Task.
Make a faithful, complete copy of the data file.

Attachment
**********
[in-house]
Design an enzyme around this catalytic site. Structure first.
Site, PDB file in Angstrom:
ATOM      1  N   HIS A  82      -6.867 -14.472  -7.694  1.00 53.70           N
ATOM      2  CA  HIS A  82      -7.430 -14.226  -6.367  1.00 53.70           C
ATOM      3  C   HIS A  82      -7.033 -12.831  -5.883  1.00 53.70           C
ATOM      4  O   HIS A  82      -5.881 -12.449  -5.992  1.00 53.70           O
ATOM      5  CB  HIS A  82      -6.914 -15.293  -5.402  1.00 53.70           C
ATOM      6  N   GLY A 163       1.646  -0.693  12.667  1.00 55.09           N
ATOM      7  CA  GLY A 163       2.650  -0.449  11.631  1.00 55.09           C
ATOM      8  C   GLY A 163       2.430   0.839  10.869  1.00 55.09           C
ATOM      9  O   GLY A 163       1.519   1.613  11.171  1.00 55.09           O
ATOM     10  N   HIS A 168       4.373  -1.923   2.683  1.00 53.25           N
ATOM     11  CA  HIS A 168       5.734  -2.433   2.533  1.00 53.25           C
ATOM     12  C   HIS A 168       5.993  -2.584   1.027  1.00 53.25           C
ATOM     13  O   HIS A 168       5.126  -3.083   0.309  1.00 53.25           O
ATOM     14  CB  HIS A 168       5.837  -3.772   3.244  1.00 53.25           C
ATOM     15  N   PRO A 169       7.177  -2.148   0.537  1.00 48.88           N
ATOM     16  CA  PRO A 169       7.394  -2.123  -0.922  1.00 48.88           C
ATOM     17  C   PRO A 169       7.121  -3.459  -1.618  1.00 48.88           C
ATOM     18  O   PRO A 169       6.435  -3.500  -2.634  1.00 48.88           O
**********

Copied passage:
[in-house]
Design an enzyme around this catalytic site. Structure first.
Site, PDB file in Angstrom:
ATOM      1  N   HIS A  82      -6.867 -14.472  -7.694  1.00 53.70           N
ATOM      2  CA  HIS A  82      -7.430 -14.226  -6.367  1.00 53.70           C
ATOM      3  C   HIS A  82      -7.033 -12.831  -5.883  1.00 53.70           C
ATOM      4  O   HIS A  82      -5.881 -12.449  -5.992  1.00 53.70           O
ATOM      5  CB  HIS A  82      -6.914 -15.293  -5.402  1.00 53.70           C
ATOM      6  N   GLY A 163       1.646  -0.693  12.667  1.00 55.09           N
ATOM      7  CA  GLY A 163       2.650  -0.449  11.631  1.00 55.09           C
ATOM      8  C   GLY A 163       2.430   0.839  10.869  1.00 55.09           C
ATOM      9  O   GLY A 163       1.519   1.613  11.171  1.00 55.09           O
ATOM     10  N   HIS A 168       4.373  -1.923   2.683  1.00 53.25           N
ATOM     11  CA  HIS A 168       5.734  -2.433   2.533  1.00 53.25           C
ATOM     12  C   HIS A 168       5.993  -2.584   1.027  1.00 53.25           C
ATOM     13  O   HIS A 168       5.126  -3.083   0.309  1.00 53.25           O
ATOM     14  CB  HIS A 168       5.837  -3.772   3.244  1.00 53.25           C
ATOM     15  N   PRO A 169       7.177  -2.148   0.537  1.00 48.88           N
ATOM     16  CA  PRO A 169       7.394  -2.123  -0.922  1.00 48.88           C
ATOM     17  C   PRO A 169       7.121  -3.459  -1.618  1.00 48.88           C
ATOM     18  O   PRO A 169       6.435  -3.500  -2.634  1.00 48.88           O